Degenerative cervical myelopathy

Degenerative cervical myelopathy


Neurosurgery Service, Alicante University General Hospital, Alicante, Spain.

The assessment, diagnosis, operative and nonoperative management of degenerative cervical myelopathy (DCM) have evolved rapidly over the last 20 years. A clearer understanding of the pathobiology of DCM has led to attempts to develop objective measurements of the severity of myelopathy, including technology such as multiparametric magnetic resonance imaging, biomarkers, and ancillary clinical testing. New pharmacological treatments have the potential to alter the course of surgical outcomes, and greater innovation in surgical techniques have made surgery safer, more effective and less invasive. Future developments for the treatment of DCM will seek to improve the diagnostic accuracy of imaging, improve the objectivity of clinical assessment, and increase the use of surgical techniques to ensure the best outcome is achieved for each individual patient 1).

Goel was troubled by the fact that his several PubMed and MEDLINE indexed articles on the subject published in leading journals dedicated to the study of the spine have not found any place in the huge reference list of 137 articles 2)

A review of Tetreault et al. summarizes current knowledge of the pathophysiology of DCM and describes the cascade of events that occur after compression of the spinal cord, including ischemia, destruction of the blood-spinal cord barrier, demyelination, and neuronal apoptosis. Important features of the diagnosis of DCM are discussed in detail, and relevant clinical and imaging findings are highlighted. Furthermore, this review outlines valuable assessment tools for evaluating functional status and quality of life in these patients and summarizes the advantages and disadvantages of each. Other topics of this review include epidemiology, the prevalence of degenerative changes in the asymptomatic population, the natural history and rates of progression, risk factors of diagnosis (clinical, imaging and genetic), and management strategies 3).

MEDLINE and Embase were systematically searched (CRD42021281462) for primary research reporting on histological findings of DCM in the human cadaveric spinal cord tissue. Data were extracted using a piloted proforma. The risk of bias was assessed using Joanna Briggs Institute critical appraisal tools. Findings were compared to a systematic review of animal models (Ahkter et al. 2020 Front Neurosci 14).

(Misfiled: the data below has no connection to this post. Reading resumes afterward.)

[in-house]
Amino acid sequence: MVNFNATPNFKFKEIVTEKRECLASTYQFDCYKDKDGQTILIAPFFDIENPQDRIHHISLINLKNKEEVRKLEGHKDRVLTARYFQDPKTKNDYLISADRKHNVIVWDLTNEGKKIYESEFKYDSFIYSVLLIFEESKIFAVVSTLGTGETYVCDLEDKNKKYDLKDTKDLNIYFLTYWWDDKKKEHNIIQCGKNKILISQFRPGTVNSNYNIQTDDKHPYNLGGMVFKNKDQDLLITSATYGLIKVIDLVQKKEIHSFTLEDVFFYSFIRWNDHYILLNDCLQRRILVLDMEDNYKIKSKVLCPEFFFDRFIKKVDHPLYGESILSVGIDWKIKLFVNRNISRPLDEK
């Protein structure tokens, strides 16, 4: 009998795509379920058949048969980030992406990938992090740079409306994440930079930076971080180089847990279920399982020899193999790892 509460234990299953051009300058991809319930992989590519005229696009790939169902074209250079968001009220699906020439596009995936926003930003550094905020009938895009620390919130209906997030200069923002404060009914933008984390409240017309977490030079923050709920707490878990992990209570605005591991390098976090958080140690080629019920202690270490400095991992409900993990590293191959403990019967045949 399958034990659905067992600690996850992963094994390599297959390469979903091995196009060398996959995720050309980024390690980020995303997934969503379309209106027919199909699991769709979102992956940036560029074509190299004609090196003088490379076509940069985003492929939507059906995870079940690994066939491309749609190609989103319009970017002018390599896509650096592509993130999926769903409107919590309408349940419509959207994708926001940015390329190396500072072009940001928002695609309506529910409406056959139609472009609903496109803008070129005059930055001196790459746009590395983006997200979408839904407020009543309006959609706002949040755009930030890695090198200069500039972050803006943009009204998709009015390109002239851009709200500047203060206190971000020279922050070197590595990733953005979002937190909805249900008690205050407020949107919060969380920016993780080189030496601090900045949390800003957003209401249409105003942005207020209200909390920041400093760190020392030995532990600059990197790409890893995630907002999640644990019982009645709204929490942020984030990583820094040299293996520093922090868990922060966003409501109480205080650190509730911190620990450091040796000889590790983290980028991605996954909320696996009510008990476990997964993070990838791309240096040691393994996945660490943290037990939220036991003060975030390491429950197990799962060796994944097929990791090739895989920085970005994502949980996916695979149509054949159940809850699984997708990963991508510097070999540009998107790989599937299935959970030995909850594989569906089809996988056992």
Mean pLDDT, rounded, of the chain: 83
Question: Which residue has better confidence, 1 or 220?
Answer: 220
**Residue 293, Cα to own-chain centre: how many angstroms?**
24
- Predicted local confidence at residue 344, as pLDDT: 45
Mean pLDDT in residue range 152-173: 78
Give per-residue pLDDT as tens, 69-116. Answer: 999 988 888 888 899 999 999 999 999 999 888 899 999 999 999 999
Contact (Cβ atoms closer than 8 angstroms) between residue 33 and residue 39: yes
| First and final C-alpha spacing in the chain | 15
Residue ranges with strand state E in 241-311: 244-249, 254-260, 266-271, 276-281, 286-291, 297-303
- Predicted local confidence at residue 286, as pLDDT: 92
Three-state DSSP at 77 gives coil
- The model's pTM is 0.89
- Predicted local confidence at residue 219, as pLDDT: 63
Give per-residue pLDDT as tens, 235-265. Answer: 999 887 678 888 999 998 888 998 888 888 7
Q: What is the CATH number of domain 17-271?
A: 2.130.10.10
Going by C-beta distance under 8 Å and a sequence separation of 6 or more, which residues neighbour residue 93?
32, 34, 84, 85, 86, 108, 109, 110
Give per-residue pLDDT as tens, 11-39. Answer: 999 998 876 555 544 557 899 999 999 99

The search yielded 4127 unique records. After the abstract and full-text screening, 19 were included in the final analysis, reporting on 150 autopsies (71% male) with an average age at death of 67.3 years. All findings were based on hematoxylin and eosin (H&E) staining. The most commonly reported grey matter findings included neuronal loss and cavity formation. The most commonly reported white matter finding was demyelination. Axon loss, gliosis, necrosis, and Schwann cell proliferation were also reported. Findings were consistent amongst cervical spondylotic myelopathy and ossification of the posterior longitudinal ligament. Cavitation was notably more prevalent in human autopsies compared to animal models.

Few human spinal cord tissue studies have been performed. Neuronal loss, demyelination and cavitation were common findings. Investigating the biological basis of DCM is a critical research priority. Human spinal cord specimen may be an underutilized but complementary approach 4).

European myelopathy score.

As a widespread used scale, the Modified Japanese Orthopaedic Association scale (mJOA) should be translated and culturally adapted 5).

see Cervical spine stenosis scales

A National Institutes of Health-funded (1R13AR065834-01) investigator meeting was held before the initiation of the trial to bring multiple stakeholders together to finalize the study protocol. Study investigators, coordinators, and major stakeholders were able to attend and discuss strengths of, limitations of, and concerns about the study. The final protocol was approved for funding by the Patient-Centered Outcomes Research Institute (CE-1304-6173). The trial began enrollment on April 1, 2014 6).


Wilson JRF, Badhiwala JH, Moghaddamjou A, Martin AR, Fehlings MG. Degenerative Cervical Myelopathy; A Review of the Latest Advances and Future Directions in Management. Neurospine. 2019 Sep;16(3):494-505. doi: 10.14245/ns.1938314.157. Epub 2019 Aug 26. PubMed PMID: 31476852; PubMed Central PMCID: PMC6790745.

Goel A. Degenerative Cervical Myelopathy. Neurospine. 2019 Dec;16(4):793-795. doi: 10.14245/ns.1938384.192. Epub 2019 Dec 31. PubMed PMID: 31905465.

Tetreault L, Goldstein CL, Arnold P, Harrop J, Hilibrand A, Nouri A, Fehlings MG. Degenerative Cervical Myelopathy: A Spectrum of Related Disorders Affecting the Aging Spine. Neurosurgery. 2015 Oct;77 Suppl 4:S51-67. doi: 10.1227/NEU.0000000000000951. PubMed PMID: 26378358.